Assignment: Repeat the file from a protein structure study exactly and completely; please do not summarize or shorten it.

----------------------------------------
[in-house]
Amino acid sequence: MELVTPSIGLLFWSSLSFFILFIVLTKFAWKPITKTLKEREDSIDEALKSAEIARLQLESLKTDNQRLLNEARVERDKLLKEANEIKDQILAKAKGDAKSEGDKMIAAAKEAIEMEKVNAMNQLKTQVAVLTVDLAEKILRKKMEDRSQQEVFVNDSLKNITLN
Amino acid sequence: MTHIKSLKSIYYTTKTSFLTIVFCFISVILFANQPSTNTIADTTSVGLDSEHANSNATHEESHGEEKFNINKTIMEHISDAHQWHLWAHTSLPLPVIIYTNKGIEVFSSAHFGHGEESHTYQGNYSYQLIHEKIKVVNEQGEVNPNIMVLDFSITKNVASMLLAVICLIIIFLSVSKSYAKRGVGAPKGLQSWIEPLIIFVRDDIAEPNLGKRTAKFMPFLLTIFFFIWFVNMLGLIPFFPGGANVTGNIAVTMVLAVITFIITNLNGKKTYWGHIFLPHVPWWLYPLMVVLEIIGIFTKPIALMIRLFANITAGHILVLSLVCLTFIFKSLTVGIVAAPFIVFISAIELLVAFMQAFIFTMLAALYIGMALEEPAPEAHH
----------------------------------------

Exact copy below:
[in-house]
Amino acid sequence: MELVTPSIGLLFWSSLSFFILFIVLTKFAWKPITKTLKEREDSIDEALKSAEIARLQLESLKTDNQRLLNEARVERDKLLKEANEIKDQILAKAKGDAKSEGDKMIAAAKEAIEMEKVNAMNQLKTQVAVLTVDLAEKILRKKMEDRSQQEVFVNDSLKNITLN
Amino acid sequence: MTHIKSLKSIYYTTKTSFLTIVFCFISVILFANQPSTNTIADTTSVGLDSEHANSNATHEESHGEEKFNINKTIMEHISDAHQWHLWAHTSLPLPVIIYTNKGIEVFSSAHFGHGEESHTYQGNYSYQLIHEKIKVVNEQGEVNPNIMVLDFSITKNVASMLLAVICLIIIFLSVSKSYAKRGVGAPKGLQSWIEPLIIFVRDDIAEPNLGKRTAKFMPFLLTIFFFIWFVNMLGLIPFFPGGANVTGNIAVTMVLAVITFIITNLNGKKTYWGHIFLPHVPWWLYPLMVVLEIIGIFTKPIALMIRLFANITAGHILVLSLVCLTFIFKSLTVGIVAAPFIVFISAIELLVAFMQAFIFTMLAALYIGMALEEPAPEAHH